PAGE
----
Joint Base Andrews

 

Retirement Choices

By Airman Michael S. Murphy | 11th Wing Public Affairs | January 17, 2018

JOINT BASE ANDREWS, Md. -- For many, the beginning of the new year brings in a variety of questions. What kind of personal goals do I want to set? How much weight do I want to lose? How much time can I set aside for volunteering?

For me and other service members with less than 12 years of service, or fewer than 4,320 retirement points, we’ll have to ask ourselves, “Will I opt into the Uniformed Services Blended Retirement System or stay with the legacy plan?”

The legacy plan is a retirement plan that pays a pension to service members who serve 20 years or more, paying roughly half of what they averaged in their highest three years of pay while serving.

I lean toward the BRS, because I don’t see myself serving more than 20 years, and see the new system as a great way for me to start a retirement fund while completing my original goals in joining. I see more flexibility in this new plan compared to the legacy.

I joined for the education benefits. Neither of these retirement systems effect that choice, but the BRS prepares me for success by giving a larger security net for not knowing how long I will truly be in.

If I end up serving more than one enlistment, or for 20 years, the new system would still be to my advantage because I could still receive an excellent pension. The new system averages your highest three paid years like the legacy system, but at about 40 percent instead of 50 percent of your pay.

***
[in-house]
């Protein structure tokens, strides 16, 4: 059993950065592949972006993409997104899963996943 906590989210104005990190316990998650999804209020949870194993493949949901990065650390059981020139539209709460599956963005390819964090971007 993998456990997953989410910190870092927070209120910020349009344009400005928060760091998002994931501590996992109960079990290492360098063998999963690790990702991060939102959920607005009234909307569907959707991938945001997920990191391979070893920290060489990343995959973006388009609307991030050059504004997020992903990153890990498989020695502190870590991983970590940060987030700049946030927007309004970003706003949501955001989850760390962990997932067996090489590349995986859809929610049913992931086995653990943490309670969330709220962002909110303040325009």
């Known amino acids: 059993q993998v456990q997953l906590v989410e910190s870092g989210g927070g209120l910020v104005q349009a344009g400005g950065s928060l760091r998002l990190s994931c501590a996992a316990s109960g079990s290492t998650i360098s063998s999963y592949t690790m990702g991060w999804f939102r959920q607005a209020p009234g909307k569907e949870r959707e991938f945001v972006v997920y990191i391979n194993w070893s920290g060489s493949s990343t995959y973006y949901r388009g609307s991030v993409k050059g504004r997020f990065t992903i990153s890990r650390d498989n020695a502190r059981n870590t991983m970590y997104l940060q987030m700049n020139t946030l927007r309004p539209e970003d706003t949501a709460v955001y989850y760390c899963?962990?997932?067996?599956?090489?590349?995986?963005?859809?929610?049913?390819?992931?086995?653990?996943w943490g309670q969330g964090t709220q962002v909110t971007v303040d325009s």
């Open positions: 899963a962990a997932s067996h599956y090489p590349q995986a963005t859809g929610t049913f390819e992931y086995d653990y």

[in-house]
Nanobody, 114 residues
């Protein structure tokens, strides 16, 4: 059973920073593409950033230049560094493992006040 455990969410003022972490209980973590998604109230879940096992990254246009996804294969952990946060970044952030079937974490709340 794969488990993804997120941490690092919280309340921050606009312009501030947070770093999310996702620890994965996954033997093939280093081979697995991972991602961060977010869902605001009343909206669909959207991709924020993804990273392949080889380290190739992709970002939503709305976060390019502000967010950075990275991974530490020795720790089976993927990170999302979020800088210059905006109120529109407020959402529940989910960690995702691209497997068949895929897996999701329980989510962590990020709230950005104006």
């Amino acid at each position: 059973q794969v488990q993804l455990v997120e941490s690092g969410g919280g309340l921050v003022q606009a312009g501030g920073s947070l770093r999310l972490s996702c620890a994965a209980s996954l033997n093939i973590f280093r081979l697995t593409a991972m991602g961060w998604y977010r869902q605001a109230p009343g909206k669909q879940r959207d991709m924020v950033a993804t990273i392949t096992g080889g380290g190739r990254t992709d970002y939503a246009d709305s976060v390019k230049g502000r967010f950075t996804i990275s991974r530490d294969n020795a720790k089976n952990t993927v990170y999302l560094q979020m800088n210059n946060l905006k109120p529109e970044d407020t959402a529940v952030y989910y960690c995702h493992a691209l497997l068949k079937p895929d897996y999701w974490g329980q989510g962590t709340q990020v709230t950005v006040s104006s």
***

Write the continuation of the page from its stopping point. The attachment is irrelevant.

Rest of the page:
The most prominent benefit the new system holds is matching contributions into the service member’s Thrift Savings Plan. The Department of Defense will automatically contribute one percent to your TSP, and up to four percent matching funds. So you can potentially contribute 10 percent a year into your retirement

For members who don’t have a solid plan as to what they want to do, or know they want to get out sooner than later, the BRS is definitely something to consider.

Those considering BRS can receive one-on-one counseling from the Military and Family Support Center concerning which system would best suit them at 301-981-7087.

Airmen able to opt into BRS will receive a notification message from myPers requiring action to take the mandatory opt –in training. The training takes about two hours to complete.

Air Force service members can opt into the BRS by going through myPay (https://mypay.dfas.mil).